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Profile of Raymond42
Controversial view! I've so often been bored watching performers spinning lengthy, improbable tales around their magic, so that the magic can be blurred and weakened.

Yes, you do need patter to explain & clarify your effect, so the audience understand what you're doing. Telling a tale or telling jokes require acting abilities - lacking in my particular range of skills.

Patter needs careful editing, in order to maintain interest and to ensure it's not overly long.

My patter is minimal, due to a lack of decent acting ability. Instead, I concentrate on the clarity of the effect, so the audience can easily 'keep up' with what they're witnessing.

As I'm not a natural comic (very sad if I try to tell a joke) I rely on, and milk, the natural humour that often arrises as a magical effect progresses, usually to good effect

Great patter and comedy IS provided by many magicians who DO possess the requisite skills and experience which is always a joy.

Anyone can tell a joke, but how many can raise a smile with that telling?

Anyone can tell an improbable story, but how many can make it truly believable?
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Profile of ProfessorMagicJMG
You raise a good point. I will say that with storytelling magic, the emphasis tends to be on the story rather than the magic. Mystery performers try to weave an atmosphere with stage craft, props, costume, character, it's really a one-man magic theater show if it's in the category of "Bizarre" or storytelling magic. I have seen a lot of effects with a creepy story, aged props, and a very old trick from a magic book in the public domain that has been "tweaked" or altered beyond (all but magicians') recognition, with a very simple method that is not likely to break. This is why I think there are so many coin, card, and box tricks involved with storytelling magic and mystery entertainment.

You are right that not many folks can actually pull off an evening or even a few routines as a Storyteller primarily, who reveals something impossible in the middle of the tale for added entertainment. "Maximum Entertainment" by Ken Weber is a great book for taking performances to the next level from being just tricks to being moments of awe or humor that is a believable step into the twilight zone.

I think the biggest factor is audience expectation. If they are expecting magic, they don't want a lot of story. If on the other hand, you offer them "an evening of enchanted tales," or "an amusing display of historical oddities" in which the focus is on the story or the props with their stories, they aren't so much "expecting" magic, so when it happens, it's a cool surprise, and if it doesn't happen fast enough for them, they aren't sitting around thinking (yada yada yada DO A TRICK!).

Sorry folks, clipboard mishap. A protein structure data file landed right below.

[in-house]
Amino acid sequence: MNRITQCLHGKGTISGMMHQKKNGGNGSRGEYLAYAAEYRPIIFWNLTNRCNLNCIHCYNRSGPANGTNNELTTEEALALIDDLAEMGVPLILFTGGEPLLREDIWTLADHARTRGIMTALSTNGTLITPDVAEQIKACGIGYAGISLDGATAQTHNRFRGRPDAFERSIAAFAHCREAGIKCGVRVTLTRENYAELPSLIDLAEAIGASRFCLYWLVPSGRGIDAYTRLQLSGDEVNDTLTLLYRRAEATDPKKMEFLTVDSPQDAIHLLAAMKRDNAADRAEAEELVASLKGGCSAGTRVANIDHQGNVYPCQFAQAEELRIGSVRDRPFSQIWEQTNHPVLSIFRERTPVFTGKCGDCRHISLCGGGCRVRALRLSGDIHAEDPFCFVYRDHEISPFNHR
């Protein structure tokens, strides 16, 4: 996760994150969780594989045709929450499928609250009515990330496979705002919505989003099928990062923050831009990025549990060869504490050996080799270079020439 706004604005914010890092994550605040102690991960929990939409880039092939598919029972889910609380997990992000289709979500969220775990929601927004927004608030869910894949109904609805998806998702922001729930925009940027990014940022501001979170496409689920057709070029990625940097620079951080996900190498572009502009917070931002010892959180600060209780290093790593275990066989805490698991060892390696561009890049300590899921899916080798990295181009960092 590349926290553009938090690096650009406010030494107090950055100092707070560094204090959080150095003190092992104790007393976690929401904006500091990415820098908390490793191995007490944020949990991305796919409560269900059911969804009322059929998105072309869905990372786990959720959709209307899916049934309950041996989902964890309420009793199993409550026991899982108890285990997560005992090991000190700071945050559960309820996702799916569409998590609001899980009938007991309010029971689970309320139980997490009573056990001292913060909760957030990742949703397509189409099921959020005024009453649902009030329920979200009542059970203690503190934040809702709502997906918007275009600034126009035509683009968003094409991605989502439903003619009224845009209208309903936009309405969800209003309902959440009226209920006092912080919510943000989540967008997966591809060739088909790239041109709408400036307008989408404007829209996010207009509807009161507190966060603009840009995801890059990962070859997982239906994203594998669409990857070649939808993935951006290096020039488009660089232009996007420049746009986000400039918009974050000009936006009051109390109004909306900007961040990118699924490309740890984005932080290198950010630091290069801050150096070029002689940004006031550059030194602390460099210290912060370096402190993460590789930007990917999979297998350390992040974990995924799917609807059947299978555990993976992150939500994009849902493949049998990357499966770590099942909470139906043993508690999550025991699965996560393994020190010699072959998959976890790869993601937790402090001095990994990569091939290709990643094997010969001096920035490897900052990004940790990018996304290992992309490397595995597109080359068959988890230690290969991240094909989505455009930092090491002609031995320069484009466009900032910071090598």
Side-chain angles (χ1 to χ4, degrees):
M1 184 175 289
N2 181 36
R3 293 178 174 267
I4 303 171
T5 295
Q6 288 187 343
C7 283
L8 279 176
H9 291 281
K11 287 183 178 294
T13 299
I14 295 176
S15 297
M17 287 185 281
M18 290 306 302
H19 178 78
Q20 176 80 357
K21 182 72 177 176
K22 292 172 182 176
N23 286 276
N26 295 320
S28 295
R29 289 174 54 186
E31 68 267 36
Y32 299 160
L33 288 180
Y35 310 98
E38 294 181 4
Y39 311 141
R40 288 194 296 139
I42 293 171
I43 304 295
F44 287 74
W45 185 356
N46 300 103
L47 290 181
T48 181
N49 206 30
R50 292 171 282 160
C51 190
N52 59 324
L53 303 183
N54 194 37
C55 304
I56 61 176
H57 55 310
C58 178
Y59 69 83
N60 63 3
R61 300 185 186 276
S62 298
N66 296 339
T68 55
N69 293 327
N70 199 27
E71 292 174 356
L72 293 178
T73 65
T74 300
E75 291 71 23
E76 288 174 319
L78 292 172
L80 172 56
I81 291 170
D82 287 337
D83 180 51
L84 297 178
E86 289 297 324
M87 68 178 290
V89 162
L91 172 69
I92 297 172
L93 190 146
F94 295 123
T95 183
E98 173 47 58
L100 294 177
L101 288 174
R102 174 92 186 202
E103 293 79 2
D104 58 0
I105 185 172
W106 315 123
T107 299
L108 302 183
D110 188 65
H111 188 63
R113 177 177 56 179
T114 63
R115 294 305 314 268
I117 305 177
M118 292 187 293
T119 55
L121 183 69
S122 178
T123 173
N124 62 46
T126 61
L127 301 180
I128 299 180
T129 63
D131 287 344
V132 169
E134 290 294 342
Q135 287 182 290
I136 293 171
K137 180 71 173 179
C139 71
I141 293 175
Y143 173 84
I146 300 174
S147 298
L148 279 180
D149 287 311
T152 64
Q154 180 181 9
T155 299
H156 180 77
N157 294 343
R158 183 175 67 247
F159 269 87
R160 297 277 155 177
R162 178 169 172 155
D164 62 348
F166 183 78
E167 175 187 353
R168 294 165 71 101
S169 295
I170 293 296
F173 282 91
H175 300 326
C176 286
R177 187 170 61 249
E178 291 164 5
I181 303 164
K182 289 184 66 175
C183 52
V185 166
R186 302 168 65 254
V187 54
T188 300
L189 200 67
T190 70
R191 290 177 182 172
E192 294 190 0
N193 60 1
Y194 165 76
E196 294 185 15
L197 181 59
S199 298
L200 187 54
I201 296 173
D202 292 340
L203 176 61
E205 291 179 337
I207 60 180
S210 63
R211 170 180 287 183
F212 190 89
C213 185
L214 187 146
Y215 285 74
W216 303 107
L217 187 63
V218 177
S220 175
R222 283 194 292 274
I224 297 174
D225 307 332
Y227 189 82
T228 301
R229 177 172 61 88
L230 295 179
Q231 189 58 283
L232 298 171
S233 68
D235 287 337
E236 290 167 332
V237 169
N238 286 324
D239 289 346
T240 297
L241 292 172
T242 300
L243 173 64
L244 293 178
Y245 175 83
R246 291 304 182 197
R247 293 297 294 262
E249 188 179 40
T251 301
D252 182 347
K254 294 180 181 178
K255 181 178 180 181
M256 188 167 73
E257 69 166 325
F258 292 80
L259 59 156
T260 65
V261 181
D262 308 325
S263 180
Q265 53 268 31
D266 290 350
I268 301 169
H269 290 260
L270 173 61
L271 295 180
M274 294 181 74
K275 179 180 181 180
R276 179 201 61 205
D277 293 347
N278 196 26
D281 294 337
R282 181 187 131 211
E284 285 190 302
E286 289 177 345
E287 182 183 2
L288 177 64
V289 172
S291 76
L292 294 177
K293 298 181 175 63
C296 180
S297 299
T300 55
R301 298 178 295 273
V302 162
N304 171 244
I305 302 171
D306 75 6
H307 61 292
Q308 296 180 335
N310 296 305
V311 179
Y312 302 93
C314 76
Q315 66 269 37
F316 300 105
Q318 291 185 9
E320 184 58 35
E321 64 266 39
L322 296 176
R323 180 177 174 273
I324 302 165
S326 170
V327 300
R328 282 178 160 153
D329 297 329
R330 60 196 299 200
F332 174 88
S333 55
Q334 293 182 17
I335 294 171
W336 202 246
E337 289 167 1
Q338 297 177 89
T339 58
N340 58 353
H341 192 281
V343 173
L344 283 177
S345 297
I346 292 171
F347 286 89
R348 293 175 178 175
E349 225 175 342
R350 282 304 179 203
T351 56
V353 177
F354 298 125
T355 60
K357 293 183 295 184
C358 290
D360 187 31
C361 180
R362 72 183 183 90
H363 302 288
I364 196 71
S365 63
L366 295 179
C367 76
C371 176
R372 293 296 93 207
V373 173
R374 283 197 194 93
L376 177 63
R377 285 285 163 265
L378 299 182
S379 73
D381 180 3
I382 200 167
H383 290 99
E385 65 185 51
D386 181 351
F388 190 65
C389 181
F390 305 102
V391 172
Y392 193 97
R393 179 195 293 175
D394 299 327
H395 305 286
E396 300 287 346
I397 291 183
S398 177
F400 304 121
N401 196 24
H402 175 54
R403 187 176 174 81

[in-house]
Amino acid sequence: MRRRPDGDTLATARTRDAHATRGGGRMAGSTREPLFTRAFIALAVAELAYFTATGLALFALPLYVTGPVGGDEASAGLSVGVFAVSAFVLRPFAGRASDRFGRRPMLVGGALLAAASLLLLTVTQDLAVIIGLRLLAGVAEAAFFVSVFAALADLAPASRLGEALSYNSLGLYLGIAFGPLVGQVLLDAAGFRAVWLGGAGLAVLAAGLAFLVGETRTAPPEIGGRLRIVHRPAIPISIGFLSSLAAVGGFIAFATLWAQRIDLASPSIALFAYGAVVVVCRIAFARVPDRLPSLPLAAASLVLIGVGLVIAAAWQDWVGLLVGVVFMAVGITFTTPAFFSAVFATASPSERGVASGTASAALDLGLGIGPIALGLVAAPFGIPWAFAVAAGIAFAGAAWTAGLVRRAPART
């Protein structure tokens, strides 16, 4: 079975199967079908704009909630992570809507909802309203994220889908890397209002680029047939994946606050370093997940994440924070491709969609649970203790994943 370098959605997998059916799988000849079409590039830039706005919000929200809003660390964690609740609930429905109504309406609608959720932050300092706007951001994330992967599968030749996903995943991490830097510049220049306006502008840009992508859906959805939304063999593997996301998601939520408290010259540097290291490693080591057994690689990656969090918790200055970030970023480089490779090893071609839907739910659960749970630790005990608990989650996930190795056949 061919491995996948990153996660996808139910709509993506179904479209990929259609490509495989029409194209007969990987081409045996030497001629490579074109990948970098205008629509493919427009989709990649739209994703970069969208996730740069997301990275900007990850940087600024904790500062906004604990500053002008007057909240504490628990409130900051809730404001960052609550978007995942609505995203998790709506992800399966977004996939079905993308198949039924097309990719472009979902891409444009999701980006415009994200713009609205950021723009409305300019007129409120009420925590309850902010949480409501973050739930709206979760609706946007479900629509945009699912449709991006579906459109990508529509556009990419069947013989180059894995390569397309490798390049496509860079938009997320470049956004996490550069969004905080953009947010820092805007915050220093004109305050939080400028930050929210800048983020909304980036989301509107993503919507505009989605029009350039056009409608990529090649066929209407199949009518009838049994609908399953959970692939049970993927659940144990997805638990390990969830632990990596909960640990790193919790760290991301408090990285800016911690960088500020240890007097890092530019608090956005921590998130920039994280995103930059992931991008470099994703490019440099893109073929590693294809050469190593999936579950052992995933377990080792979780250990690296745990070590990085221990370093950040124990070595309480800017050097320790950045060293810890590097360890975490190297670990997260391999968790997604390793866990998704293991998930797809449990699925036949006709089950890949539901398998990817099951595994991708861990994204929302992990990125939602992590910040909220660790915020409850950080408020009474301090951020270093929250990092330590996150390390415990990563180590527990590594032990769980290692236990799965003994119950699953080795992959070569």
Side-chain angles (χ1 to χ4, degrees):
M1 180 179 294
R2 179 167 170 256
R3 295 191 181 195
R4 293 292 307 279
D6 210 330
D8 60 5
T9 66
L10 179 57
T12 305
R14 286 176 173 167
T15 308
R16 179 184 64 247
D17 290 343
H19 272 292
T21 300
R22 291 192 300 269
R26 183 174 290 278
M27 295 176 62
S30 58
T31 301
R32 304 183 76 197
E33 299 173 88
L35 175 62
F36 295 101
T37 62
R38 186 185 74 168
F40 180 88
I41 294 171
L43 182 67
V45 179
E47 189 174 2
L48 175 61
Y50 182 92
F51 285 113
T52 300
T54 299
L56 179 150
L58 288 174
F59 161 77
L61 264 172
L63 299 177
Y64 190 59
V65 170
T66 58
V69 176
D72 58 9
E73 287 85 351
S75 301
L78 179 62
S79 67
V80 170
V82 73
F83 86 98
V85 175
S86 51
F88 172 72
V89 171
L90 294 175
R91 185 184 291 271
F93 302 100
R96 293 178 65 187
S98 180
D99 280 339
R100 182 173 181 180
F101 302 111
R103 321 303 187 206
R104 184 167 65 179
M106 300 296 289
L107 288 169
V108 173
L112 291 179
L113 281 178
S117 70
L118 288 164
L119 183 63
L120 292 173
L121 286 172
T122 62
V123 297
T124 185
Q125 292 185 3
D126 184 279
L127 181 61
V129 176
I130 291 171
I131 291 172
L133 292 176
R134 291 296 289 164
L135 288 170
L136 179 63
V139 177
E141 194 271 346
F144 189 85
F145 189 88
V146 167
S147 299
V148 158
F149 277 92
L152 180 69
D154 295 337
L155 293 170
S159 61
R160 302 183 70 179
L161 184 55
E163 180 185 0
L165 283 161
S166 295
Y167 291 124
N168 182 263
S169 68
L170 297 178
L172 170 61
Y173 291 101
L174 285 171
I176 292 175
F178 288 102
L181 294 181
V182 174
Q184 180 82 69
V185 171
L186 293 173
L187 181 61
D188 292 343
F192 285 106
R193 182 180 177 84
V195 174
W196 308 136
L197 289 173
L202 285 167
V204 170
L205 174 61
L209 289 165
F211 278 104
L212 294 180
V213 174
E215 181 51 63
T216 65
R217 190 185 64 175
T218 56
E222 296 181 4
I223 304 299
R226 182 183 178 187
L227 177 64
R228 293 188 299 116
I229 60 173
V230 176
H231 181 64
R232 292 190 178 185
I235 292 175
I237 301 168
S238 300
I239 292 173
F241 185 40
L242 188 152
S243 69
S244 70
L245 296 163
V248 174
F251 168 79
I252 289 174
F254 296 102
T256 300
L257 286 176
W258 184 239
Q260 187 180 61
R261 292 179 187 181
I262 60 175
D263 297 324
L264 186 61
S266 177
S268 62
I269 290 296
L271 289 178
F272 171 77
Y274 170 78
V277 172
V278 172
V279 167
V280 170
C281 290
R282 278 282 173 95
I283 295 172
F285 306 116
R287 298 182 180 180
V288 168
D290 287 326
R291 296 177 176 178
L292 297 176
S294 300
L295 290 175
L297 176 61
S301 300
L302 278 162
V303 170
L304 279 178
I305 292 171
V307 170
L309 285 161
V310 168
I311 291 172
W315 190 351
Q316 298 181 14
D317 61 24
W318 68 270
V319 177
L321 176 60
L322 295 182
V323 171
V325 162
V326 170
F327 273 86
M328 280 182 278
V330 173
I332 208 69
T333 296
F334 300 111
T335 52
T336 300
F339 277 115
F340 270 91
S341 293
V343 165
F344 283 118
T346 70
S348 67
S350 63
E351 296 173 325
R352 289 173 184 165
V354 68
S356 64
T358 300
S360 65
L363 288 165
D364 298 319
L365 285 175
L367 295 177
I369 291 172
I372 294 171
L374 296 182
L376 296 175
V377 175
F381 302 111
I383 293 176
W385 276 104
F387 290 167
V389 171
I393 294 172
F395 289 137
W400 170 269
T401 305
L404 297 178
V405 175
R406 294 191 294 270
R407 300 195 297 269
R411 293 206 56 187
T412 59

If your patter is minimal, you could maybe include music, pantomime, photos, etc., to create a sense of character and plot sort of like silent theater, or silent films. Like the old screenwriting and novel writing advice, "show, don't tell."

For example: Pulling a big old brass key slowly out of a strange box, showing it around, and then showing an antique photo...putting them together, all while a vintage song is on the radio, then holding the key flat in one hand while you sort of "wave" the photo over the key, not looking at it but sort of looking up at the ceiling, around the room, all the while not noticing the key begins to turn...and BOOM there's your story, with no dialogue, and it's a haunted key routine they will never forget!
"Any sufficiently advanced technology is indistinguishable from magic." - Clarke's 3rd Law

"Any sufficiently primitive technology can mystify a postmodern audience." - JMG's Corollary to Clarke's 3rd Law
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Profile of 61magic
Raymond42 you hit the nail on the head. I too find it hard to accept someone telling various stories about mystery travels to far away lands to learn the inner secrets of magic...
Setting a story to magic, or adapting magic to a story is an art in itself and now all of us have natural talent for this. One can learn the skills needed by working with the right people.
Acting classes at a local junior college helps, many of the same schools offer classes on story writing.
I don't have the natural gift of story telling but I've worked hard to learn it to the best of my abilities. One thing to keep in mind fit the story to your personality, age and life experience does make a huge impact. How many 12 years old Magicians have traveled to India to study with a village Magi?
Also welcome to the Café.
Professor J. P. Fawkes
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Profile of Woodini
Most all of my magic has a story that goes along with it. You got to do it well. But when you are on, it really kills. Example is Harry Anderson's three card monarch.
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